Lately, I’ve been feeling like a lot of all the customs involved with “getting married” in America are nothing short of a big, pointless, hassle, consumerism at its most effective, emotionally-clad best. Internationally or unintentionally set in the way of well-intentioned brides to keep us from thinking deeply about the larger issues women face when preparing to enter the life- and identity-altering state of actually being married.

One of the deeper issues came up the other night, when my fiance and I ordered his wedding band, and the sales person asked me for my name for the ticket, which I gave, and then prompted me for my “future name,” to which I replied easily, “I’m not sure yet if I’m going to change my name or not,” to which she smiled and said, “I didn’t, and that was ten years ago!” She still had a ring in the appropriate digit to signify the status of married, so I took that to be a sign of approval and success for such a decision, and moved on, focusing on the pearls.

Then one glance over to my sweet fiancé’s poor face revealed what a heart-wrenching statement that off-handed comment was to him. I asked gently, “That really hurt your feelings, didn’t it?” And he admitted that yes, it felt like a blow that I was really, seriously, considering it. This was the first time I’d announced the idea to a stranger, in his presence, at least. So maybe he finally realized I was serious about it.

It was not well received among my inner circle of friends when I tested the idea at a friend’s wedding reception a month or so ago. “Why not?” “You’re crazy,” “What’s the point?” “What about your future children,” and “But, don’t you love him?” were some of the incredulous replies from my closest friends.

But, I’m not too concerned with what other people think – other than my fiancé, whose opinion out of love I choose to weigh with equal or more weight than my own. I’m a forward-thinking gal. One who’s got quite a bit of social capital, personal branding, and presence revolving around the little issue of my name. My name that is unique to me, a quality that many others with “common” names don’t quite get, that I have had to come to grips with anyway, that I have finally accepted and reveled in and embraced, publicly, to the world. My fiance’s last name, on the other hand, is one of the top 10 most common. So yeah, I’m considering keeping mine.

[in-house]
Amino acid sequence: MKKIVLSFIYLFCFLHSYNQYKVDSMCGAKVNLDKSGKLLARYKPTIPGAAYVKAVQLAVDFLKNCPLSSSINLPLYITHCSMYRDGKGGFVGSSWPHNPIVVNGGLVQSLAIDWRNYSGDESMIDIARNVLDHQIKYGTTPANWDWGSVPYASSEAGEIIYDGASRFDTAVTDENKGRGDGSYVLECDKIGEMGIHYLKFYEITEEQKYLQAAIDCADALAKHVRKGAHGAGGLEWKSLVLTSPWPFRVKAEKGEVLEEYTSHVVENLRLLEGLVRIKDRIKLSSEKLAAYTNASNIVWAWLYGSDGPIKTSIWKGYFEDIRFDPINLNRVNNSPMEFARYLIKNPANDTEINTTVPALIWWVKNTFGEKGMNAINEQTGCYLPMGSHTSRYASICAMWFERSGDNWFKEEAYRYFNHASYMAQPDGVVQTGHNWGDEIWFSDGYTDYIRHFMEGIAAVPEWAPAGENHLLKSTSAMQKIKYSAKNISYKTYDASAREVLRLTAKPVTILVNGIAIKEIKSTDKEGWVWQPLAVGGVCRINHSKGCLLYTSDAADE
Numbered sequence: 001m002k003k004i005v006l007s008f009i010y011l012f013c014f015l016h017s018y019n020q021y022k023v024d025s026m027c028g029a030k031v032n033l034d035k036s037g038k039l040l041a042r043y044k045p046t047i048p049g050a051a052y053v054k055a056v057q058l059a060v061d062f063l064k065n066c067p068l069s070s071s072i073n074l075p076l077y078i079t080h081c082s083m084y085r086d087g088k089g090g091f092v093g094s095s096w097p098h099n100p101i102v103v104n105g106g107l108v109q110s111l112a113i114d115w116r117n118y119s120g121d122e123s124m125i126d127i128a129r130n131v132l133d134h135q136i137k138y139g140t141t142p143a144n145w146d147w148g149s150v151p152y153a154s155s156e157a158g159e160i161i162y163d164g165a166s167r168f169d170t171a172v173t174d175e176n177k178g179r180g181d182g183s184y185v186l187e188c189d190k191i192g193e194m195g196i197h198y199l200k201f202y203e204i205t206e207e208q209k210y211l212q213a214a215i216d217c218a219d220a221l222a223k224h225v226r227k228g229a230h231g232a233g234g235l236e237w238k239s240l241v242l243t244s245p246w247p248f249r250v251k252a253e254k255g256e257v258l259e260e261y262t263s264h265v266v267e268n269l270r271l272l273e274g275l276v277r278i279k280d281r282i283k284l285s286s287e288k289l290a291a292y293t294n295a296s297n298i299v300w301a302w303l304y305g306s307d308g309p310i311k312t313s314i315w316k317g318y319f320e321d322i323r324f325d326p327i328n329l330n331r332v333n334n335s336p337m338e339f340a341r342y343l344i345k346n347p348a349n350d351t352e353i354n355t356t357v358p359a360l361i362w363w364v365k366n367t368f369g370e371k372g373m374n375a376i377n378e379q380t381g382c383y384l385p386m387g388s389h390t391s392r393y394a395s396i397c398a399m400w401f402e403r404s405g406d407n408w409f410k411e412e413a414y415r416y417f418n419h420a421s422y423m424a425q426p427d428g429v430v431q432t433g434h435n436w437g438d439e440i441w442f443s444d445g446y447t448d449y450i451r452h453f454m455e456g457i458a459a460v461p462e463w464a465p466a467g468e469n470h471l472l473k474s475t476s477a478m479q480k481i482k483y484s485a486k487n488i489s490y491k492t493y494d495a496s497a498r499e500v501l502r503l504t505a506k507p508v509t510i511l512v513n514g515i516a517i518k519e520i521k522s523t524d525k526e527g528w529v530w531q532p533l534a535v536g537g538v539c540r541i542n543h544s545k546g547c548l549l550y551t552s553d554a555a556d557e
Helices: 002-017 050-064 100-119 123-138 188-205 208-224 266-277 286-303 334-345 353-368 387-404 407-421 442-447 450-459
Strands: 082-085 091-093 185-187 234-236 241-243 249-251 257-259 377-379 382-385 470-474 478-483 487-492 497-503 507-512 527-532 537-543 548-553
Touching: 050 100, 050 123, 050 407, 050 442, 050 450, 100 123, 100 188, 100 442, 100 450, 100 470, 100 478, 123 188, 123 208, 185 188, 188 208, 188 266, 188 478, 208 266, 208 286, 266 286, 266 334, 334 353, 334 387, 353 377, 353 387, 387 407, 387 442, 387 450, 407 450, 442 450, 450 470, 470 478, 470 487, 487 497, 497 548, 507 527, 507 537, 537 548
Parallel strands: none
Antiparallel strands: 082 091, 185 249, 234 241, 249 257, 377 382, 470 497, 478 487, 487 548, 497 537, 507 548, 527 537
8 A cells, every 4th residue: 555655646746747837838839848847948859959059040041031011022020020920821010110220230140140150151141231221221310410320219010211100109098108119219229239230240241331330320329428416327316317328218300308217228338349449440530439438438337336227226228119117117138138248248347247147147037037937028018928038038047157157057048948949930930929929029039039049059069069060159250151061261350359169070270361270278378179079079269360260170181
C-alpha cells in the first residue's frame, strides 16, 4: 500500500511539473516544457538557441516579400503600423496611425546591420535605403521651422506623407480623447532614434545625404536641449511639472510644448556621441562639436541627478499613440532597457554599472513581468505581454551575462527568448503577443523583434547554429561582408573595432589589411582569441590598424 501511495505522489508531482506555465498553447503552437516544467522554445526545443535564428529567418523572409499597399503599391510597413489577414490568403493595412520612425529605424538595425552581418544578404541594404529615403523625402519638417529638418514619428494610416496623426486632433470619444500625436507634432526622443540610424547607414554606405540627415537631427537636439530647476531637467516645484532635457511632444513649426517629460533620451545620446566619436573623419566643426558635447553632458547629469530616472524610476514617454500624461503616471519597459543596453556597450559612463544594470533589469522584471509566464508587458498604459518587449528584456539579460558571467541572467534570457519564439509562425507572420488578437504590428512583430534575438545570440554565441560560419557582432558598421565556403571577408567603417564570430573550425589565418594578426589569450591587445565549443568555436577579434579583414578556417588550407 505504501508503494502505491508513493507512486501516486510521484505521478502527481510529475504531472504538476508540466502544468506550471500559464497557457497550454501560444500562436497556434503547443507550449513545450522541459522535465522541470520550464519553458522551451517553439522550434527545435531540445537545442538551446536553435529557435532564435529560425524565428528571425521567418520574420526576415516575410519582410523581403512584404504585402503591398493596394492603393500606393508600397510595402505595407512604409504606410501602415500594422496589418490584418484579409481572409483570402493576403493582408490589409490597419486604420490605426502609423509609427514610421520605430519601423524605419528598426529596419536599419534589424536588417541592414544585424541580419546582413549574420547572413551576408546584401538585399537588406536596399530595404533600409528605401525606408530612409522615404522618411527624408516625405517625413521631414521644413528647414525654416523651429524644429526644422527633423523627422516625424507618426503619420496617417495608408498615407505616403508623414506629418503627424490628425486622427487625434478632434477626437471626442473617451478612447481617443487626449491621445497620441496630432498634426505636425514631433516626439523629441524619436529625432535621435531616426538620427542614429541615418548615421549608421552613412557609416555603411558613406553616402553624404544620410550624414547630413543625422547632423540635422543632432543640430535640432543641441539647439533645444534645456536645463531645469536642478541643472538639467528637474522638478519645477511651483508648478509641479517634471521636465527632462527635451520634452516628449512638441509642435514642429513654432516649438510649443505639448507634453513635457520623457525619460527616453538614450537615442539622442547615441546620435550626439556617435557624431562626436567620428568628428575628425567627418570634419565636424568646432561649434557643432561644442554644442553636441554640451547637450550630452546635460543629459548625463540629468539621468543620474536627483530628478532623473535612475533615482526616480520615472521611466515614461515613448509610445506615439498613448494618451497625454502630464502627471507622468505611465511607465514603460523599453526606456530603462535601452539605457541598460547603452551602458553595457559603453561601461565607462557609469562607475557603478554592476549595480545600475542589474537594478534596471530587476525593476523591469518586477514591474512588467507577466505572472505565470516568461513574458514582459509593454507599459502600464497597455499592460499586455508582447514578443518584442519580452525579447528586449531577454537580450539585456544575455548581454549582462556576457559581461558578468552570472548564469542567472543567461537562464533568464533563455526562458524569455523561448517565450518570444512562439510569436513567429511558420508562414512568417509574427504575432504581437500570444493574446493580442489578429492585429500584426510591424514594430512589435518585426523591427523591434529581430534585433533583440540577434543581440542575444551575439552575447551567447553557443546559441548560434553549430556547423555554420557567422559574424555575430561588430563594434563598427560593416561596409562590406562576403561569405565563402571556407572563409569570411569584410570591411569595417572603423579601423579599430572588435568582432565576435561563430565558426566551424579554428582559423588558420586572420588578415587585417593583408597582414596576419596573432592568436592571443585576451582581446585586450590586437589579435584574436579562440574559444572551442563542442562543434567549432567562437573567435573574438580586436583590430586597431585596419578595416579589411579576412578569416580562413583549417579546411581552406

“I thought you were just going to keep writing under your maiden name, but take my name, you know, in life,” he said. Yes, that had been the working plan. About a year ago. A year in which a lot has changed for me. In which I have grown, learned to love my name, as difficult as it is to spell. In which I have struggled anyway with the already great divide between career and life for the modern career woman.

But also a year in which I’ve grown as an individual and a future life mate. In which I’ve tested the merits of compromise, of putting relationships, especially the most important ones, first, and found the choice to be wholly satisfying. In which I’ve chosen to accept the proposal to fully commit my life to that of another, no matter how big or small the issues, a commitment that I take very seriously and am excited to figure out how to operate within in just less than a month.

It’s not the person or the commitment, but rather the culture that puts this sort of identity-crushing expectation of a name change onto women that I have a hard time coming to grips with.

I wrestle with that, with planning for kids, with career plans, with expectations, with all the trappings of being a modern women that are more than minorly complicated when marriage comes into the equation.

By nature, I question all of it, because I know in doing so I will find my own way, whether it follows the beaten path or not. As a product of homeschool, it was proven to me that the unconventional choice, when made with everyone’s best interest in mind, can be incredibly effective.